- Museum number
Beggar's Benison club medal; silver gilt; inscriptions; suspension loop; obverse: Adonis with hound and spear surprising Venus over whom Cupid watches; reverse: Adam and Eve, with lion and tree.
- Production date
- Curator's comments
- The Beggar's Benison was founded in 1732 in the port of Anstruther, north of Edinburgh, by a group of local lairds and merchants. Formed as a jovial society for the entertainment of libertines, the underlying link was tax evasion and the support of free trade. It lasted until 1836. The club adopted the motto: 'Be Fruitful and Multiply' and engraved it on medals worn at meetings. Various manuscripts and artefacts relating to the society are held at St Andrews University.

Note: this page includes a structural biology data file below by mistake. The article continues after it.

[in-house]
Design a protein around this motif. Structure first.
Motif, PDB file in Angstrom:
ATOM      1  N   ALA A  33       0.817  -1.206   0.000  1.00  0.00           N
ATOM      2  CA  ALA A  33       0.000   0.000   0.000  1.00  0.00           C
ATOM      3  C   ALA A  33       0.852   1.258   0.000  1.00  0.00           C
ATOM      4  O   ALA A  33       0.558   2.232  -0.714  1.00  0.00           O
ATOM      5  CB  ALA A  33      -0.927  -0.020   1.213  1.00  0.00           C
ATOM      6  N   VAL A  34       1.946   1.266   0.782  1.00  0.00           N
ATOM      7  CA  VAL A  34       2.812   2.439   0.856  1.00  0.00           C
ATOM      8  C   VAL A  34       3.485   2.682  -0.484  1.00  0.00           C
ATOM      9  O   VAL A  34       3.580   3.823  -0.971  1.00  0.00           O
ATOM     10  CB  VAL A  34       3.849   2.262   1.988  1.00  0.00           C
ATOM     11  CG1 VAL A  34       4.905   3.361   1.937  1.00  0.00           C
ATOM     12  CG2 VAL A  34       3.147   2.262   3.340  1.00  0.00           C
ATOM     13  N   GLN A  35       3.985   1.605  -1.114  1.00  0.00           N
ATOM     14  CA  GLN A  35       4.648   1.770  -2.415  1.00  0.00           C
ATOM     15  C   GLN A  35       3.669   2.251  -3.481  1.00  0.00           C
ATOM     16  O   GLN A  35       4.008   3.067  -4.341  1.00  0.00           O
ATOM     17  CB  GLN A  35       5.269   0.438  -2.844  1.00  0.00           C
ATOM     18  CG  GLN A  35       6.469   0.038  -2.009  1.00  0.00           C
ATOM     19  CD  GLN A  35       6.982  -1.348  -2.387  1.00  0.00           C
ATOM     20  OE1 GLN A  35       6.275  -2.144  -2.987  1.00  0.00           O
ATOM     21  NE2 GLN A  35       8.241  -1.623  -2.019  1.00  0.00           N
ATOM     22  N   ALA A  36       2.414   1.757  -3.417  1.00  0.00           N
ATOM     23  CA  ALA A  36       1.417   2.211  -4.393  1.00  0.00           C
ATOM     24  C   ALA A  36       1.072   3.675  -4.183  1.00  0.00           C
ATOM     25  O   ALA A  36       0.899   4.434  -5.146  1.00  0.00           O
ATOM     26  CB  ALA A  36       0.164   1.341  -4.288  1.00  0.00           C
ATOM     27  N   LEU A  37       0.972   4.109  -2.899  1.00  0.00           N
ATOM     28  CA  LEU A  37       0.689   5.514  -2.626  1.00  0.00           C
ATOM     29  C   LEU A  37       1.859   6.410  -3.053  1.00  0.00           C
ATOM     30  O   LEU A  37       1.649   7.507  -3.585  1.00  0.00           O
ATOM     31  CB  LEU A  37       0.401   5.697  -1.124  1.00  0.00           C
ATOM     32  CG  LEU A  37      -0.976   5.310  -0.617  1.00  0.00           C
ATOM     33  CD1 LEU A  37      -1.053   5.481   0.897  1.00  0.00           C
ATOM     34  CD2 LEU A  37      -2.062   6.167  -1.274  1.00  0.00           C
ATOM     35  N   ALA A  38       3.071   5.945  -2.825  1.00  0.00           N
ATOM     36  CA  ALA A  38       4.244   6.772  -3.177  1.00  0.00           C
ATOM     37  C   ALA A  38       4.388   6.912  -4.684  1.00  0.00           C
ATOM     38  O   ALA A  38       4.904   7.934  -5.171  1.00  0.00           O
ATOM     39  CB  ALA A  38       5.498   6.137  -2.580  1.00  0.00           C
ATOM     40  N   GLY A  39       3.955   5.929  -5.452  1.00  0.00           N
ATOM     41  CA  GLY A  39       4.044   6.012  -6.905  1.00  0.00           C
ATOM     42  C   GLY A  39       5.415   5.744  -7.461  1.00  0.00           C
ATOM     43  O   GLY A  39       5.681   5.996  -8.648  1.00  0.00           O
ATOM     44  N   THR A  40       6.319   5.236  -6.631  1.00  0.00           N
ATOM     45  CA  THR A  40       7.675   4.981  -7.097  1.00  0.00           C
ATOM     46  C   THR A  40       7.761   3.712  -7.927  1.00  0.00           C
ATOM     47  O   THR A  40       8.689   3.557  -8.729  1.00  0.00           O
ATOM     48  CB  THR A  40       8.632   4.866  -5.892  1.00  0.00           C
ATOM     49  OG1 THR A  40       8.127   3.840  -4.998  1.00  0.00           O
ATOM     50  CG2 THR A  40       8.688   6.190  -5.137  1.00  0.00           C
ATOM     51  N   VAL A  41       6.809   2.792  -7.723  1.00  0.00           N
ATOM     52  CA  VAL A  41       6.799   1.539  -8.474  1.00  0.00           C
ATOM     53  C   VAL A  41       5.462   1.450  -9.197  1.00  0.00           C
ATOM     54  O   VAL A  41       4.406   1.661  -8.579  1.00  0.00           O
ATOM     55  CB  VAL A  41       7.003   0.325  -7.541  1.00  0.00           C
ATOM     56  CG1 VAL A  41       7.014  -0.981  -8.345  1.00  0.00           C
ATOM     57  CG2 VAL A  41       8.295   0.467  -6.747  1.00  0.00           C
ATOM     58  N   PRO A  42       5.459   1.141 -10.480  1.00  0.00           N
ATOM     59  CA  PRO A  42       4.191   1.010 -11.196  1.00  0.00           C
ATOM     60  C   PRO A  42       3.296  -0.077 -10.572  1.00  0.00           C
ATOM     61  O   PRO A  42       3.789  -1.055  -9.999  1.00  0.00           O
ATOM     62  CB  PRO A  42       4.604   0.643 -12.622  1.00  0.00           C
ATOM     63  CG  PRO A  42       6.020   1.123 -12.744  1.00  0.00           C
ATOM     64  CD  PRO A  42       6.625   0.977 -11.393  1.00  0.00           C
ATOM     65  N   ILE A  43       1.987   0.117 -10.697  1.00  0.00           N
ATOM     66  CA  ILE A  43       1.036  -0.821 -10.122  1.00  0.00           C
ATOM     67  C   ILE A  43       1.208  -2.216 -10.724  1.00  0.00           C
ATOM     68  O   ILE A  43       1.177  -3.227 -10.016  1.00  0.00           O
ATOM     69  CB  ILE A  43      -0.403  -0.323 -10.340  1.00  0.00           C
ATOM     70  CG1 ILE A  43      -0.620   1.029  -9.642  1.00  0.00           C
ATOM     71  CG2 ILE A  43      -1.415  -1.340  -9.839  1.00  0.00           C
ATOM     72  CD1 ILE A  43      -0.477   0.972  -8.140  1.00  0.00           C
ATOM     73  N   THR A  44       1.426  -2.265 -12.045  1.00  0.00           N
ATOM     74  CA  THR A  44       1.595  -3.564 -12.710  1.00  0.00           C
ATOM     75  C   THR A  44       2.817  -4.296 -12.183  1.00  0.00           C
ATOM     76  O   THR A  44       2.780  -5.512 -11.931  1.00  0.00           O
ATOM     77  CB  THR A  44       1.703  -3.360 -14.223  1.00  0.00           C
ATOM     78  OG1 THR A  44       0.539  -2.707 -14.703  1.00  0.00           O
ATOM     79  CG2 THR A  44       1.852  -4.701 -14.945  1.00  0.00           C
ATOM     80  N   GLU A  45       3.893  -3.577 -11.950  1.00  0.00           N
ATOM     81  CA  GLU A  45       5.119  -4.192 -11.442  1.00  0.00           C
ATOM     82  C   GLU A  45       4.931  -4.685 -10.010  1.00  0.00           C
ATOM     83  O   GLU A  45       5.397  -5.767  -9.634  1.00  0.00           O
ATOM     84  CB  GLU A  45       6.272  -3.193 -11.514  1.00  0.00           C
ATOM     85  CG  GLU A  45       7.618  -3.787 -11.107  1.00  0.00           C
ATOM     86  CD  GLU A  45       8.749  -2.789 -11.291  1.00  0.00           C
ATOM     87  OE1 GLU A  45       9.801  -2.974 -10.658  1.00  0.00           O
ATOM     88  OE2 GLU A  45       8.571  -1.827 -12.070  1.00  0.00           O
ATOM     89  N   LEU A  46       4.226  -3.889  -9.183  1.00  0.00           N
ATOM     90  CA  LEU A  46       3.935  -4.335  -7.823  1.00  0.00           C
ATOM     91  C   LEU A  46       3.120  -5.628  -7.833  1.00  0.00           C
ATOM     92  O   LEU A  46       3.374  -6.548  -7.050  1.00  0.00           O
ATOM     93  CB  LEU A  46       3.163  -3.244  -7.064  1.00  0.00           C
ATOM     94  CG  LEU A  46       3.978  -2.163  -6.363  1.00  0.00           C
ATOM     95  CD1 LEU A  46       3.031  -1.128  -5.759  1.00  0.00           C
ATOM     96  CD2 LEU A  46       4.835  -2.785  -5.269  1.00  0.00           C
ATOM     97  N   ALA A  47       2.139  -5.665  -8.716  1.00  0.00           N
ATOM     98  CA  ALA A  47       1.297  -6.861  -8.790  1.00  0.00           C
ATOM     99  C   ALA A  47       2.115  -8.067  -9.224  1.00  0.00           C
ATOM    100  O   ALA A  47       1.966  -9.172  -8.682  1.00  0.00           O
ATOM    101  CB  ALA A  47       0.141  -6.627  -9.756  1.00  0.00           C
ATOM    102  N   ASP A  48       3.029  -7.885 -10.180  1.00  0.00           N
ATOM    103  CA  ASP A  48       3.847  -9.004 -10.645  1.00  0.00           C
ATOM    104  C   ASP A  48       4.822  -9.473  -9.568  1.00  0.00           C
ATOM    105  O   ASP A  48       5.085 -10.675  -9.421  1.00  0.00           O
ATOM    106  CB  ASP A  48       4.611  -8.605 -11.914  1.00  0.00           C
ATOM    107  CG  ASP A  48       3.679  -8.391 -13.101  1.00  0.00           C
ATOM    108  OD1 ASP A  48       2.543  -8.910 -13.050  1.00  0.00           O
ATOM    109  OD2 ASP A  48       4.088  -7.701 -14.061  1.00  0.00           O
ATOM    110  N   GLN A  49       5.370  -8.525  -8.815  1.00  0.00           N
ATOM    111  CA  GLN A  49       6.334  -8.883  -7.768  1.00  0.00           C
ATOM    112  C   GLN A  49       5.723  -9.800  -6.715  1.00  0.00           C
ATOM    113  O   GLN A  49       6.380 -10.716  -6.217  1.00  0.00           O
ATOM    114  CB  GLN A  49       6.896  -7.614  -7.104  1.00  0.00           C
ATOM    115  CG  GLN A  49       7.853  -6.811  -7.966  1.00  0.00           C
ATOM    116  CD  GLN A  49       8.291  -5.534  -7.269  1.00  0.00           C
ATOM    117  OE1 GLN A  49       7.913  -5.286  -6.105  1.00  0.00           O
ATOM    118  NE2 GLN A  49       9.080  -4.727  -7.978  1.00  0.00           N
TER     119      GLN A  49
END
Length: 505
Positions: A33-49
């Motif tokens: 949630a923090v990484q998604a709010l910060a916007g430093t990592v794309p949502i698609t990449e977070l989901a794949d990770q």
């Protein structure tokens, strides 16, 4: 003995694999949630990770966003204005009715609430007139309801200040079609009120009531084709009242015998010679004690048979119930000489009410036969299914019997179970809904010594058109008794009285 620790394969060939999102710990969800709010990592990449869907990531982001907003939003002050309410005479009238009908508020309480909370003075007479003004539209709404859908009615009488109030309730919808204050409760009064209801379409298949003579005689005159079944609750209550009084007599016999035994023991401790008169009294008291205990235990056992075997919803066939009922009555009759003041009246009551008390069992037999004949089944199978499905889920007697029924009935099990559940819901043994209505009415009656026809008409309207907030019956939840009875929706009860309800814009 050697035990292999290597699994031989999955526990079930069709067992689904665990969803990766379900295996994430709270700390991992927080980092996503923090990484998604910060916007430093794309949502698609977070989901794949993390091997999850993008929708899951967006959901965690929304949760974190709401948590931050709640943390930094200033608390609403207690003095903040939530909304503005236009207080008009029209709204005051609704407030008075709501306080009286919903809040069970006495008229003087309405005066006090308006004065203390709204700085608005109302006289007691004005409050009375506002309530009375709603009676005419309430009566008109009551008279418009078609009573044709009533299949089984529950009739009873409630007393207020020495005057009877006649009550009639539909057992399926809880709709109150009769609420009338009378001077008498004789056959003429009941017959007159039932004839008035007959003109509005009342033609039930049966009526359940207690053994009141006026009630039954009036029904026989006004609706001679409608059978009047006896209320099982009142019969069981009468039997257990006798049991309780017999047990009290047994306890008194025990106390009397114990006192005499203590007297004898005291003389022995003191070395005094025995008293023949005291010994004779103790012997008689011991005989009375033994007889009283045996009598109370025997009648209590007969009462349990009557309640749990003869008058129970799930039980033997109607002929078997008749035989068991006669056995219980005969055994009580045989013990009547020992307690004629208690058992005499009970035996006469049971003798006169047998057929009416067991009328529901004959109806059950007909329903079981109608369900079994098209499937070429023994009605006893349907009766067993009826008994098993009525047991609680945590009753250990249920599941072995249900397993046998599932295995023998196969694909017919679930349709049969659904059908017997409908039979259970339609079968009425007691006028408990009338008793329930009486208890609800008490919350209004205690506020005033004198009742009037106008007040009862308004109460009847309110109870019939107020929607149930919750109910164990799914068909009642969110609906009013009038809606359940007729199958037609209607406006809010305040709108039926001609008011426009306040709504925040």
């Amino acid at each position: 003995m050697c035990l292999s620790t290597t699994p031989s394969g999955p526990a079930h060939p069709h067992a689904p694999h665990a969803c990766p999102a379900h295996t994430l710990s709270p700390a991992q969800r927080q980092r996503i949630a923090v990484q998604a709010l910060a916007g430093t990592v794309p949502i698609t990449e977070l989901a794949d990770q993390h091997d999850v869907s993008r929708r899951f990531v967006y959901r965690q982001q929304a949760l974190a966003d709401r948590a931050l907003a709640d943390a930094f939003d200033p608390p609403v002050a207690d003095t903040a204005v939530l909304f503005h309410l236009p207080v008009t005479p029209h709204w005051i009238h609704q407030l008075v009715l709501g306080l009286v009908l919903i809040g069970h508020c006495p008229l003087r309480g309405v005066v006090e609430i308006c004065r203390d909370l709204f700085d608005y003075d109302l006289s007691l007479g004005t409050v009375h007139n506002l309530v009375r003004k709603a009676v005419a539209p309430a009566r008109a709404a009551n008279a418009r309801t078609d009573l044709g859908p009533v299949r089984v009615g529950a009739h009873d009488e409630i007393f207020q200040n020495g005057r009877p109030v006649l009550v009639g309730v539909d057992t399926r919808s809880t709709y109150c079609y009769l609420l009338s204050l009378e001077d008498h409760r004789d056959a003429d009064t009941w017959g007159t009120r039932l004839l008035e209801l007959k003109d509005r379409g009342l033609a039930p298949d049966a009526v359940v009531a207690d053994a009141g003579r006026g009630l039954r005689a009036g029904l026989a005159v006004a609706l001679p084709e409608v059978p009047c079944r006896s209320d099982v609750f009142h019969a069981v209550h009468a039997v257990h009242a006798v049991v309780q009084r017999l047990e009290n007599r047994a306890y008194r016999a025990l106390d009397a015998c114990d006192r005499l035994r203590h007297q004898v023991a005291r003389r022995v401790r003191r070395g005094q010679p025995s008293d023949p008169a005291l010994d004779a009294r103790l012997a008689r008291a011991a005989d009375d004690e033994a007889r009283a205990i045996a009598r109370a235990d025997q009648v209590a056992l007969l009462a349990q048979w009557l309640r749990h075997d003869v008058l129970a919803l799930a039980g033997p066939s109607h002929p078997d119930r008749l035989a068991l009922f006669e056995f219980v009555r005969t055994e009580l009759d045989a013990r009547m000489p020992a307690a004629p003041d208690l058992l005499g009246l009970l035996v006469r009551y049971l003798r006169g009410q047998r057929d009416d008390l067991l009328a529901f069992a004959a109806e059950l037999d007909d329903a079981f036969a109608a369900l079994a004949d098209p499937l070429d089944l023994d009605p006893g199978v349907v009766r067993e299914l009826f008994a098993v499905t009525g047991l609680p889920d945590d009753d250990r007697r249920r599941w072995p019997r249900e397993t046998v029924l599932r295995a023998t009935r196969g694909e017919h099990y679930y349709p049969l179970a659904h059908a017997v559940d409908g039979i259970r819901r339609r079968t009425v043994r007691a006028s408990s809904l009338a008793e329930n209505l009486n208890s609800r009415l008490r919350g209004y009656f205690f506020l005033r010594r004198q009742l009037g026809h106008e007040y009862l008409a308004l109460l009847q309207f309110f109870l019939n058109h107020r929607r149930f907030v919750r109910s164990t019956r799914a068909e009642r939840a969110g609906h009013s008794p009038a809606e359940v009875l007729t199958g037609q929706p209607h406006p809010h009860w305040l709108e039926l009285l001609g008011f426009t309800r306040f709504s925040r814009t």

For a full account of the Beggar's Benison society, see J. Peakman, 'Lascivious Bodies. A sexual history of the eighteenth century', London 2004, chapter 6: 'Scottish Secret Sex Societies', pp. 129-147. See also Stevenson, David, 'The Beggar's Benison: Sex Clubs of Enlightenment Scotland and their Rituals', East Linton, 2001.
The subject is described in the 'Records of the Most Ancient and Puissant Order of the Beggar's Benison and Merryland, Anstruther', Anstruther 1892, reprinted Paul Harris Publishing (Edinburgh) 1982, pp. 19-20, as 'Adonis with his Dog or Hound and Spear, surprising Venus over whom Cupid watches.'
- Not on display
- Acquisition date
- Britain, Europe and Prehistory
- Registration number
- Additional IDs
Miscellaneous number: W.312